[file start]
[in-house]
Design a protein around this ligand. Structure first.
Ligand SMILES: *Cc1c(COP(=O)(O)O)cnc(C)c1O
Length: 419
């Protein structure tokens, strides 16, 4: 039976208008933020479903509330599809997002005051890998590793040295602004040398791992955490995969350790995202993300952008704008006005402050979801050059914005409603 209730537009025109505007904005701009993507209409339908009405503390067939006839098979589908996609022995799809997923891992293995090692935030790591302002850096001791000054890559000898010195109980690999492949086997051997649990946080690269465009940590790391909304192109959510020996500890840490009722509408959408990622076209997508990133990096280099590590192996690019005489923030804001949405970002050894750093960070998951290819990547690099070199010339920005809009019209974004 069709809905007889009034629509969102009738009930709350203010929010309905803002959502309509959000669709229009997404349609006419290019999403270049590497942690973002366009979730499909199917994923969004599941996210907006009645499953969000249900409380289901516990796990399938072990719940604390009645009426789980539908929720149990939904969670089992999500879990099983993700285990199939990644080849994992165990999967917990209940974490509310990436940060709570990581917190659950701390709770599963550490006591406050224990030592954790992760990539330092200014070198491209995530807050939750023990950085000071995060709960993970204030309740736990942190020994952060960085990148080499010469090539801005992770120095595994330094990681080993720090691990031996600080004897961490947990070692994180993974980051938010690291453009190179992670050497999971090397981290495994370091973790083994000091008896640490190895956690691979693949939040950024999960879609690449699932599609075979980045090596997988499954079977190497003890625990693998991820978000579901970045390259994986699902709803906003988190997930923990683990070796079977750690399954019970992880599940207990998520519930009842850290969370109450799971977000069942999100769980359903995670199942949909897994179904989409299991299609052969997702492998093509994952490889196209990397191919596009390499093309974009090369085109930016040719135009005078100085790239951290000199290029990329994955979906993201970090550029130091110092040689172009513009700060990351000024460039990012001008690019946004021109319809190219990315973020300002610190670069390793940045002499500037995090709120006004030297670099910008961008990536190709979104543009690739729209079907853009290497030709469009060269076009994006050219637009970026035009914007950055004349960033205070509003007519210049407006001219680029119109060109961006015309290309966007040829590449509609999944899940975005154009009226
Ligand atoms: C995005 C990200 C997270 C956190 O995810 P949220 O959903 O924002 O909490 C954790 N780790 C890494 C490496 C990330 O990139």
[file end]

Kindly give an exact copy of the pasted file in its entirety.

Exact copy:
[in-house]
Design a protein around this ligand. Structure first.
Ligand SMILES: *Cc1c(COP(=O)(O)O)cnc(C)c1O
Length: 419
């Protein structure tokens, strides 16, 4: 039976208008933020479903509330599809997002005051890998590793040295602004040398791992955490995969350790995202993300952008704008006005402050979801050059914005409603 209730537009025109505007904005701009993507209409339908009405503390067939006839098979589908996609022995799809997923891992293995090692935030790591302002850096001791000054890559000898010195109980690999492949086997051997649990946080690269465009940590790391909304192109959510020996500890840490009722509408959408990622076209997508990133990096280099590590192996690019005489923030804001949405970002050894750093960070998951290819990547690099070199010339920005809009019209974004 069709809905007889009034629509969102009738009930709350203010929010309905803002959502309509959000669709229009997404349609006419290019999403270049590497942690973002366009979730499909199917994923969004599941996210907006009645499953969000249900409380289901516990796990399938072990719940604390009645009426789980539908929720149990939904969670089992999500879990099983993700285990199939990644080849994992165990999967917990209940974490509310990436940060709570990581917190659950701390709770599963550490006591406050224990030592954790992760990539330092200014070198491209995530807050939750023990950085000071995060709960993970204030309740736990942190020994952060960085990148080499010469090539801005992770120095595994330094990681080993720090691990031996600080004897961490947990070692994180993974980051938010690291453009190179992670050497999971090397981290495994370091973790083994000091008896640490190895956690691979693949939040950024999960879609690449699932599609075979980045090596997988499954079977190497003890625990693998991820978000579901970045390259994986699902709803906003988190997930923990683990070796079977750690399954019970992880599940207990998520519930009842850290969370109450799971977000069942999100769980359903995670199942949909897994179904989409299991299609052969997702492998093509994952490889196209990397191919596009390499093309974009090369085109930016040719135009005078100085790239951290000199290029990329994955979906993201970090550029130091110092040689172009513009700060990351000024460039990012001008690019946004021109319809190219990315973020300002610190670069390793940045002499500037995090709120006004030297670099910008961008990536190709979104543009690739729209079907853009290497030709469009060269076009994006050219637009970026035009914007950055004349960033205070509003007519210049407006001219680029119109060109961006015309290309966007040829590449509609999944899940975005154009009226
Ligand atoms: C995005 C990200 C997270 C956190 O995810 P949220 O959903 O924002 O909490 C954790 N780790 C890494 C490496 C990330 O990139």